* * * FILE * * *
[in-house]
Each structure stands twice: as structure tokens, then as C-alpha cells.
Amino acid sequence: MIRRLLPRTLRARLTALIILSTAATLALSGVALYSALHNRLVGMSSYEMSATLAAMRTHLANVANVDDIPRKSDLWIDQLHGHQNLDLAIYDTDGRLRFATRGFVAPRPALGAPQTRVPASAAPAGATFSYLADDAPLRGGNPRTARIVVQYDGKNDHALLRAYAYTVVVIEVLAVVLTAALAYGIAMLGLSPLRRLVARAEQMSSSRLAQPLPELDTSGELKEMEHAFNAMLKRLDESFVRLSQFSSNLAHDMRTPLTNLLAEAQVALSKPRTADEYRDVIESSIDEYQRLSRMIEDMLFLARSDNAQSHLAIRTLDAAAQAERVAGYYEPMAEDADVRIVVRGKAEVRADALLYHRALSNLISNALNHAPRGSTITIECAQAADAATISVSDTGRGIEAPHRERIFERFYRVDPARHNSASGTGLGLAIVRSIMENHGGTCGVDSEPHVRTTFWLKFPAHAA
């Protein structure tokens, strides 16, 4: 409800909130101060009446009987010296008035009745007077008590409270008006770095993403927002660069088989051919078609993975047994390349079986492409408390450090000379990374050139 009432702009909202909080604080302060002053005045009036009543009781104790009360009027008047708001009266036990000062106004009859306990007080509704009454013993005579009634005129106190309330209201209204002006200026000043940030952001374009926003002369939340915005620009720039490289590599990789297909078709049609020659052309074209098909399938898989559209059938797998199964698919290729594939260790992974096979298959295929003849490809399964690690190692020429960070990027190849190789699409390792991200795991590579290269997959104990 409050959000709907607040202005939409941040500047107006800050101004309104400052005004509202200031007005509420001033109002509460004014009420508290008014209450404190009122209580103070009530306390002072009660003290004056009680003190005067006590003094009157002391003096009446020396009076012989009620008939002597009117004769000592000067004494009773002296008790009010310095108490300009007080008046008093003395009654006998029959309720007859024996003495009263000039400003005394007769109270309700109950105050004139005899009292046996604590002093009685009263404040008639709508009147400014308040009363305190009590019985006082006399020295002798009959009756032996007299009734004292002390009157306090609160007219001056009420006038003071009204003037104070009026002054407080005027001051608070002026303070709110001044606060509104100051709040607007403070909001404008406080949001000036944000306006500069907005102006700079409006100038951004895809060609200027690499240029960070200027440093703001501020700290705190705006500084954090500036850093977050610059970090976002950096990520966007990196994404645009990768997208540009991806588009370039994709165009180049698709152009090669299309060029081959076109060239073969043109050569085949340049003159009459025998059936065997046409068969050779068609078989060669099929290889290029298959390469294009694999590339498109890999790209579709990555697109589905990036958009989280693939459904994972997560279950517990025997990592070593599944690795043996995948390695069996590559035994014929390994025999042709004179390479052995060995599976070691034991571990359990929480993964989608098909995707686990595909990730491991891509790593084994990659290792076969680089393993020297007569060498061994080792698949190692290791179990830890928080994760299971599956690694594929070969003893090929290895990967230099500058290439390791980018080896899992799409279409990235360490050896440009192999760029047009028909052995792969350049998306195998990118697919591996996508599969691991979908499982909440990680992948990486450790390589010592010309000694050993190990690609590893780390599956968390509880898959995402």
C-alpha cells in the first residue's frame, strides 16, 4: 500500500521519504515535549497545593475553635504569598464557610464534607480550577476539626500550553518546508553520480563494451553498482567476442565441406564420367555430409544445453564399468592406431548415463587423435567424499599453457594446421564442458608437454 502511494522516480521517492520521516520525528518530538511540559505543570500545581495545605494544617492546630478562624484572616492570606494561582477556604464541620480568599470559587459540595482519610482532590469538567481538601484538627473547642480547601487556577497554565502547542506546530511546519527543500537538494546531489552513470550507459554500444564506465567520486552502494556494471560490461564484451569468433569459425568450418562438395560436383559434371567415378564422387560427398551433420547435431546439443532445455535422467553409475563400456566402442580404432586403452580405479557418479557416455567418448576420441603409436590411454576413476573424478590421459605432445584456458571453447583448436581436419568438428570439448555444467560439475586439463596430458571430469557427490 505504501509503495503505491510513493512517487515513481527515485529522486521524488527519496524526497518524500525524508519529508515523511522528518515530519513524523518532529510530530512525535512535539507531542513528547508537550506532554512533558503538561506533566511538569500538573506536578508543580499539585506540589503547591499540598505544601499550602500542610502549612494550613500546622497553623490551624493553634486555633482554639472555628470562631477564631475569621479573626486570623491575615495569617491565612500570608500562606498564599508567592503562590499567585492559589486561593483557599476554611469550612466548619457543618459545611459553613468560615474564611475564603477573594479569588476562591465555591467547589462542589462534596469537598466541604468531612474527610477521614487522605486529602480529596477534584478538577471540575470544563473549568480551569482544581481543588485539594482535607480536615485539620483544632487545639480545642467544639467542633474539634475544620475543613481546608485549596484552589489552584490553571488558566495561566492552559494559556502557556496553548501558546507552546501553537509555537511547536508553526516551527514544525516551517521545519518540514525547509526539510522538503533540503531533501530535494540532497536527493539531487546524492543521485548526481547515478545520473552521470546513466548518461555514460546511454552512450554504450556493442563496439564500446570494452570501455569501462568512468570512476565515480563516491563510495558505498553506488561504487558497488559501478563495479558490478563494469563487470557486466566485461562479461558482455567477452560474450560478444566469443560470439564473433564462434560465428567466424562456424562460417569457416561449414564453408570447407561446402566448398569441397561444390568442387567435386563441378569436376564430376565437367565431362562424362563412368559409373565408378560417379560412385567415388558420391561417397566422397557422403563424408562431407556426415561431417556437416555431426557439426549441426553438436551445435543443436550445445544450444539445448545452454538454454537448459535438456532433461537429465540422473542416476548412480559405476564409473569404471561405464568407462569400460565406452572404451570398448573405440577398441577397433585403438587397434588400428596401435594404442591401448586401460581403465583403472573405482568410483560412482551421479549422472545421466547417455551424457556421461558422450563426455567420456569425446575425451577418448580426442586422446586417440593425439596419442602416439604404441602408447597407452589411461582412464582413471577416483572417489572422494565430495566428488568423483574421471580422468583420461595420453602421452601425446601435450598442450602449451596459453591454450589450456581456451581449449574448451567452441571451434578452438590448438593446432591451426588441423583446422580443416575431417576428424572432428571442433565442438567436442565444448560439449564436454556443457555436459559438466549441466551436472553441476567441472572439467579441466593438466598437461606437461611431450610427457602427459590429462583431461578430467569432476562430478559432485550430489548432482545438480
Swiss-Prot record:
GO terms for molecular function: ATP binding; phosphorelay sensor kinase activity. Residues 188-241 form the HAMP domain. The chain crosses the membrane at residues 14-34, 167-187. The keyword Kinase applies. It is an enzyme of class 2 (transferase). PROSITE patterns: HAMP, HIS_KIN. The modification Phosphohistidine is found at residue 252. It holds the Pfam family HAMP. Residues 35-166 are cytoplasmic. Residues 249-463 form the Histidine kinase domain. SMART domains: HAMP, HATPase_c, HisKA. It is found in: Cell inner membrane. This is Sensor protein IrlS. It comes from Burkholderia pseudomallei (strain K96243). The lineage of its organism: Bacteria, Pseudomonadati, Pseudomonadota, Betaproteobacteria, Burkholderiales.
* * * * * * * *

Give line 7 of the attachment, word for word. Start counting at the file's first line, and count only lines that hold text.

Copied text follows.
GO terms for molecular function: ATP binding; phosphorelay sensor kinase activity. Residues 188-241 form the HAMP domain. The chain crosses the membrane at residues 14-34, 167-187. The keyword Kinase applies. It is an enzyme of class 2 (transferase). PROSITE patterns: HAMP, HIS_KIN. The modification Phosphohistidine is found at residue 252. It holds the Pfam family HAMP. Residues 35-166 are cytoplasmic. Residues 249-463 form the Histidine kinase domain. SMART domains: HAMP, HATPase_c, HisKA. It is found in: Cell inner membrane. This is Sensor protein IrlS. It comes from Burkholderia pseudomallei (strain K96243). The lineage of its organism: Bacteria, Pseudomonadati, Pseudomonadota, Betaproteobacteria, Burkholderiales.